O Antiphon: O Wisdom

O Sapientia.jpg

O Sapinetia quae ex ore Altissimi prodiisti, attingens a fine usque ad finem, fortiter sauviterque disponens omnia: veni ad docendum nos viam prudentiae.

O Wisdom, you came forth from the mouth of the Most High, and reached from end to end, and disposed of all things sweetly and mightly: come and teach us the way of prudence

You can hear the Great O Antiphons here

I absolutely love this part of Advent as our liturgical sensibility starts to be centrally focussed on the birth of the Savior, Emmanuel. At Vespers the antiphon for the Magnificat hymn in the Divine Office shows us  the solemnity of the next days. The first antiphon is noted above in Latin and in English. Each of the antiphons appeals to the Old Testament types given to tell of the coming of the Messiah. The OT typology indicates the new dispensation of grace. Today, we ask for a new sense of prudence rooted in Christ.

And NOW we are able to sing the famous Advent hymn O Come, O Come Emmanuel. It is only tonight that singing the hymn makes any real sense as opposed to singing it when Advent begins, a common mistake.

I was reading a bit on Advent in Father Pius Parsch’s The Church’s Year of Grace:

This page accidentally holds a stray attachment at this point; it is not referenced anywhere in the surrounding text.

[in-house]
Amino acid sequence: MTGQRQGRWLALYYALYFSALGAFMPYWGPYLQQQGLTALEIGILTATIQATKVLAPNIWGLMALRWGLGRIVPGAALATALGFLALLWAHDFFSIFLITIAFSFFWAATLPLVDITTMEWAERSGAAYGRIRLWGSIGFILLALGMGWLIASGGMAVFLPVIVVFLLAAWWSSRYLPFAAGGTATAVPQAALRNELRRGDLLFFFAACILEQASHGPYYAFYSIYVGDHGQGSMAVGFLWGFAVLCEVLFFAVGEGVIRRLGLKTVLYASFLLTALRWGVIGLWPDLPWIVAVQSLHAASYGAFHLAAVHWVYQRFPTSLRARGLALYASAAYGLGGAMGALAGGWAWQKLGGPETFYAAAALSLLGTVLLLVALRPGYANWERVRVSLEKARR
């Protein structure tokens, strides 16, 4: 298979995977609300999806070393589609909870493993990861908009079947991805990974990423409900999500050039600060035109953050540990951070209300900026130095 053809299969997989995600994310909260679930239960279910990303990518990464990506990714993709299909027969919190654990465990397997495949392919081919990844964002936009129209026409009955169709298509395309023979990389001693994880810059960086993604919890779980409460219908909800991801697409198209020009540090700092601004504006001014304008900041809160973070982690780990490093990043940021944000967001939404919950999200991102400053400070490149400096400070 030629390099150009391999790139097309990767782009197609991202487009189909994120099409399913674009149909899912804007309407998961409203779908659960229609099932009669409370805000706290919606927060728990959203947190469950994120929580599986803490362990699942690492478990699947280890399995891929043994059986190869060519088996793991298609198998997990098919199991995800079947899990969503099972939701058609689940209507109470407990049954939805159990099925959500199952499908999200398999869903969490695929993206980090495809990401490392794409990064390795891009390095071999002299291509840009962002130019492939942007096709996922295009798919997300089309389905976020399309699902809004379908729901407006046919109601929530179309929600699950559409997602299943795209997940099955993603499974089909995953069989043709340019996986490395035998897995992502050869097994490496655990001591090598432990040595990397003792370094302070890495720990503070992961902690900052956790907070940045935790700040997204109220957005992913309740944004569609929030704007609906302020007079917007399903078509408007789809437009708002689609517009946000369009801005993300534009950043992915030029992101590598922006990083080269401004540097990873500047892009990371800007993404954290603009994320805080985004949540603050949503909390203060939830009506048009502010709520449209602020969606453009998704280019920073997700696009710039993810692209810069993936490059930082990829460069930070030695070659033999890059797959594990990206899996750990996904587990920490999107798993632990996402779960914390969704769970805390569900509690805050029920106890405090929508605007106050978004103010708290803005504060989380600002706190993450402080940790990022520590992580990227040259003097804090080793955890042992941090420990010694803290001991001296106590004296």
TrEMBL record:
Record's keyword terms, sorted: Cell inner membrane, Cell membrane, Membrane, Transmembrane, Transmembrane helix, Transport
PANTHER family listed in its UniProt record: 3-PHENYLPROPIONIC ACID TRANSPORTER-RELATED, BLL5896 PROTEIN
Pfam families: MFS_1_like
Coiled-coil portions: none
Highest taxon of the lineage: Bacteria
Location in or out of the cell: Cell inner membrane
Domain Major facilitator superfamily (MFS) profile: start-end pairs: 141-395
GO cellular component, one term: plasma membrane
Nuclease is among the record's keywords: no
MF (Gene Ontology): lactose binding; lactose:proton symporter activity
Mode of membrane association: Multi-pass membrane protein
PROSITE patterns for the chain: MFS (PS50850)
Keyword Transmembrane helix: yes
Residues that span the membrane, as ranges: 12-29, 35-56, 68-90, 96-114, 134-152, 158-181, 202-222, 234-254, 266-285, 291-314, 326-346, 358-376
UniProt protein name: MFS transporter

Come, teach us the way of prudence! What an all-embracing petition! Make us perfect Christians, Christians who are wholly penetrated –mind, will, and emotions– with the leaven of Christianity. Make us true Christian personalities who combine strength  with gentleness. Make us strong in battle against hell, the world and self; make us glow with the love of God and neighbor! Enable us to show virile courage, and heroism unto martyrdom. Enable us to show the virgin gentleness and sweetness of a bride. In this sense we pray, “Thy kingdom come!” All this is part of our yearning plea, Come! teach us the way of prudence.

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Significance of the Christmas Tree

Vatican Chrsitmas tree.jpegMy mother and the neighbors have had the Christmas tree up for a week. We’ve got three small trees. In fact, my neighborhood is alighted with Christmas lights. New York’s Rockefeller Center Christmas tree was lit last week with several stars entertaining us with “Christmas songs.” The Vatican put its Christmas tree, a gift from the good people of Bolzano, Italy (a German speaking of Italy where Pope Benedict has vacationed in the past) A little too early for my tastes. SO, it MUST be Christmas time!!! What does it all mean? But what does the Christmas tree stand for? How ought the Christmas tree be interpreted by the Catholic?

The Christmas tree began as a reminder of the tree of life and the life-giving cross of Jesus Christ. When you see the evergreen Christmas tree you will also see the life-giving tree of life on which Jesus hung as our crucified savior.
For those interested, a short history is helpful.

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About the author

Paul A. Zalonski is from New Haven, CT. He is a member of the Fraternity of Communion and Liberation, a Catholic ecclesial movement, and an Oblate of Saint Benedict. Contact Paul at paulzalonski[at]yahoo.com.